As demonstrated in Fig. 2A, the markers D4S251 and D4S3040 were used to detect LOH in the patient samples from Da Xing Hospital of Capital Medical University. As summarized in Table II, compared with normal tissue, evidence of LOH was identified in 24/42 tumors (57.14%); additionally, these two markers were lost in 4/42 tumors (9.52%; #9, #12 and #15 in Fig. 2B). A total of 28/42 demonstrated lymph node metastasis; 12/28 of these cases (42.86%) exhibited accompanying LOH (Table II), and the two aforementioned markers were lost in 2/28 tumors (7.14%; #12 and #15 in Fig. 2B). No association was observed between LOH and lymph node metastasis or pathological grade (P>0.05).

Table II.

List of LOH in tumor and metastasis tissues at D4S251 and D4S3040 markers.

Table II.

List of LOH in tumor and metastasis tissues at D4S251 and D4S3040 markers.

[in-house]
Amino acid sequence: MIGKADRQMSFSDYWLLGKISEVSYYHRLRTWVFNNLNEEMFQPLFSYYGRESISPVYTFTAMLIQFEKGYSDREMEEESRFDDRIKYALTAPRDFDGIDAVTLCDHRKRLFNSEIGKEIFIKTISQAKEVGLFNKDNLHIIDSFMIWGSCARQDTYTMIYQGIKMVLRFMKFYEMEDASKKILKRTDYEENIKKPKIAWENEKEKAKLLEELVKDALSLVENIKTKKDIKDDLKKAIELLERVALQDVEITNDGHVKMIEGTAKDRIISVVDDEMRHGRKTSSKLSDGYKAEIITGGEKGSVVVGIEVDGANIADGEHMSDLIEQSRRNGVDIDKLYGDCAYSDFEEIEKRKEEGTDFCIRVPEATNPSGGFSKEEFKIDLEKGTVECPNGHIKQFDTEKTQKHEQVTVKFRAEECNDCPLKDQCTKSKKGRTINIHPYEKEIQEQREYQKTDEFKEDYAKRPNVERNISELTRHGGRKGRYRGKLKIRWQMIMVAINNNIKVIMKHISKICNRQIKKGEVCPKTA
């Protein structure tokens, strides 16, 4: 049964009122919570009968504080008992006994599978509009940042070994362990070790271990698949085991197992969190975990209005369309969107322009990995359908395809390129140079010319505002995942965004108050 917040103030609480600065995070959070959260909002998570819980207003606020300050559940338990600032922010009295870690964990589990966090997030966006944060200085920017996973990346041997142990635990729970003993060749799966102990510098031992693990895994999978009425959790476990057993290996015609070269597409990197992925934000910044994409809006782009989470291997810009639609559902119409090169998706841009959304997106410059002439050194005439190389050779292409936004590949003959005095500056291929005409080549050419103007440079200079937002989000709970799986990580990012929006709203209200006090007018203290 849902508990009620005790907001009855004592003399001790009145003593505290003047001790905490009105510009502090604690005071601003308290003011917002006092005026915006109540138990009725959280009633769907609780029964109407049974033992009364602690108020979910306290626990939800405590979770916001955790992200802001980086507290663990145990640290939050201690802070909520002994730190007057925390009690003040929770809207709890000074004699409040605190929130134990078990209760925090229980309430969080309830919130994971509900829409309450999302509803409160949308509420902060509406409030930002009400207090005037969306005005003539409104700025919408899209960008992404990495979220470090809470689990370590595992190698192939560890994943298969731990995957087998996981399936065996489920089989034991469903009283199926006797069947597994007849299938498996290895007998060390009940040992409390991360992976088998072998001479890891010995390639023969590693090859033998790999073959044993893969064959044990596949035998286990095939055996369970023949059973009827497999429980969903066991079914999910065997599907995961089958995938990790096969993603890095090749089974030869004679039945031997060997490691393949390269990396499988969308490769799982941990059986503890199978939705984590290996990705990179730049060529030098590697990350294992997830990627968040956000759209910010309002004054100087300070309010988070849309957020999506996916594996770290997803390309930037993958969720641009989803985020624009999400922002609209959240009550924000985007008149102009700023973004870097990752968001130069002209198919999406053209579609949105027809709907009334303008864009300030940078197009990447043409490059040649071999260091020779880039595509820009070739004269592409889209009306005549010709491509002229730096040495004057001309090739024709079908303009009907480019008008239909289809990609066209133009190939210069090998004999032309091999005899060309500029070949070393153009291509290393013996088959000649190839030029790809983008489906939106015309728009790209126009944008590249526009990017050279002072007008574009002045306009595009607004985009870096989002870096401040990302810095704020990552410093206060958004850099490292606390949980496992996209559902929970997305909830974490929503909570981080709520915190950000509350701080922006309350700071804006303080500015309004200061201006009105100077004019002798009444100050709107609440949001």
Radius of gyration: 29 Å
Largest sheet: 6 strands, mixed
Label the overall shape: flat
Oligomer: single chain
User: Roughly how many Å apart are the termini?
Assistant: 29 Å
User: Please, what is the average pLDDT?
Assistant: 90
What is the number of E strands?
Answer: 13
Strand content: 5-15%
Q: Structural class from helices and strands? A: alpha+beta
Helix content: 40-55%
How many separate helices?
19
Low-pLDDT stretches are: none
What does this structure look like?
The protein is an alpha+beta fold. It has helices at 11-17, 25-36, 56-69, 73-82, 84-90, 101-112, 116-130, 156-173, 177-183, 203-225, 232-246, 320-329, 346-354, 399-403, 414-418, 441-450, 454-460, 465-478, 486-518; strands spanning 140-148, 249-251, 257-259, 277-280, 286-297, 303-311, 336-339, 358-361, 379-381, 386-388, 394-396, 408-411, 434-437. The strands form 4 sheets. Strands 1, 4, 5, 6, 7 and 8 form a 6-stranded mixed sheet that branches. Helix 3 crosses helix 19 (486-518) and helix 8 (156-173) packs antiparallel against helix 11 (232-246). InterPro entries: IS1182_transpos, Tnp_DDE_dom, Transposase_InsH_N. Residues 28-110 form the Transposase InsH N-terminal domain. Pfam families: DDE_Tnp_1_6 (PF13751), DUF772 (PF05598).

Tissue typeTotal cases, nLOH occurrence rate, n/total n (%)LOH occurring at D4S251 and D4S3040 at the same time, n/total n (%)
Tumor4224/42 (57.14)4/42 (9.52)
Associated metastatic lymph node2812/28 (42.86)2/28 (7.14)

[i] LOH, loss of heterozygosity at the indicated marker.

Discussion

KLB is predominantly expressed in the liver, adipose tissue and pancreas (7); however, to the best of our knowledge, its expression in the breast has not been reported. It has been demonstrated that KLB, in a complex with FGFR4, induces liver cell apoptosis and inhibits hepatoma cell proliferation (14), and KLB was suggested to suppress tumor growth in hepatocellular carcinoma via the regulation of the Akt/GSK-3b/cyclin D1 signaling pathway (15). In another previous study, it was revealed that FGFR4 may suppress the development of breast cancer (16). In addition, KLB shares 41.2% homology with KLA, and KLA was suggested to be a tumor suppressor in human breast cancer (6). Therefore, the role of KLB in breast cancer was the focus of the present study.